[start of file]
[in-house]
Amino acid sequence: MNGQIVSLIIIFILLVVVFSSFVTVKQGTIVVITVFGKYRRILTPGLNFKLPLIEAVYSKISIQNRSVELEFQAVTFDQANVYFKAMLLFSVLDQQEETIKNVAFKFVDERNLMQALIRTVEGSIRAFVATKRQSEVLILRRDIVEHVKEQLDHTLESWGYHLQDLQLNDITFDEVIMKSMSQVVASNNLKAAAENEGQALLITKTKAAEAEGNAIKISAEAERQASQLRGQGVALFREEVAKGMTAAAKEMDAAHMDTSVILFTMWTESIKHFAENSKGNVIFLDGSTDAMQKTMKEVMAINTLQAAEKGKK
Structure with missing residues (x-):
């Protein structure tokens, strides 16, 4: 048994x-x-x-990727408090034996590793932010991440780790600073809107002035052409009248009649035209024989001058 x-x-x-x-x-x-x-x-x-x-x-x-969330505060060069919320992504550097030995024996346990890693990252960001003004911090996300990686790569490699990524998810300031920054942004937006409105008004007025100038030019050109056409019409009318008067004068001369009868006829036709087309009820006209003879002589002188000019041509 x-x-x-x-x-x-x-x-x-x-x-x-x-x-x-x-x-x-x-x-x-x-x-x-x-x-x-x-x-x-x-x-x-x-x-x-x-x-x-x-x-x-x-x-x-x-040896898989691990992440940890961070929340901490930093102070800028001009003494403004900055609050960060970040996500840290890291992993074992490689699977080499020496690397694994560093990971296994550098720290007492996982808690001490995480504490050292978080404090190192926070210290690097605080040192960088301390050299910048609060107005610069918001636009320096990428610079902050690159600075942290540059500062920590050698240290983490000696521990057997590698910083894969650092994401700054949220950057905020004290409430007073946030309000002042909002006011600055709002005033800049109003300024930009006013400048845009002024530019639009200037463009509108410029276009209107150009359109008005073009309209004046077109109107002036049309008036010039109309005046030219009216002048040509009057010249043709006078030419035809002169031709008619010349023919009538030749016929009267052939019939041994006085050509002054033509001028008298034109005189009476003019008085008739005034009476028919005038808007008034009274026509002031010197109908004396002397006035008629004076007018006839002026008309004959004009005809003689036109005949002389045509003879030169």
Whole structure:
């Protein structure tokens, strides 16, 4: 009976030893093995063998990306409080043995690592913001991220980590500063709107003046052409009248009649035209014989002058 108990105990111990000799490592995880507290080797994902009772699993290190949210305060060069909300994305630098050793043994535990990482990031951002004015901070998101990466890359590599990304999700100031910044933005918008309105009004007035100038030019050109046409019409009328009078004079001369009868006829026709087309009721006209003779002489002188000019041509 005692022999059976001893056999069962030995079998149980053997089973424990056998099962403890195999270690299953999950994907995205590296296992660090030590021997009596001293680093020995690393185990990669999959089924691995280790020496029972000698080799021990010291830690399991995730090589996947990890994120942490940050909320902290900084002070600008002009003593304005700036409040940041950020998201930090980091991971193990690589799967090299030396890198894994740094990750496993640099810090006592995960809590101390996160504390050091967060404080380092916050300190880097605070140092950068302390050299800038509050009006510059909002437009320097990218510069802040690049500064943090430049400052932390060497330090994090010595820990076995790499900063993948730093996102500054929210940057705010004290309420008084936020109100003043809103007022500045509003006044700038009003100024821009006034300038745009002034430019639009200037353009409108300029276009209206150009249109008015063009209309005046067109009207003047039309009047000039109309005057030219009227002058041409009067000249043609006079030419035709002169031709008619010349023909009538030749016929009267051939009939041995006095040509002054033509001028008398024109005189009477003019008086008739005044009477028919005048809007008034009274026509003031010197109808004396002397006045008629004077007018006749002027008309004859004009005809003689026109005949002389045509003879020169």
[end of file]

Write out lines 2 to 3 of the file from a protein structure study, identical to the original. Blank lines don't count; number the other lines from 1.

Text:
Amino acid sequence: MNGQIVSLIIIFILLVVVFSSFVTVKQGTIVVITVFGKYRRILTPGLNFKLPLIEAVYSKISIQNRSVELEFQAVTFDQANVYFKAMLLFSVLDQQEETIKNVAFKFVDERNLMQALIRTVEGSIRAFVATKRQSEVLILRRDIVEHVKEQLDHTLESWGYHLQDLQLNDITFDEVIMKSMSQVVASNNLKAAAENEGQALLITKTKAAEAEGNAIKISAEAERQASQLRGQGVALFREEVAKGMTAAAKEMDAAHMDTSVILFTMWTESIKHFAENSKGNVIFLDGSTDAMQKTMKEVMAINTLQAAEKGKK
Structure with missing residues (x-):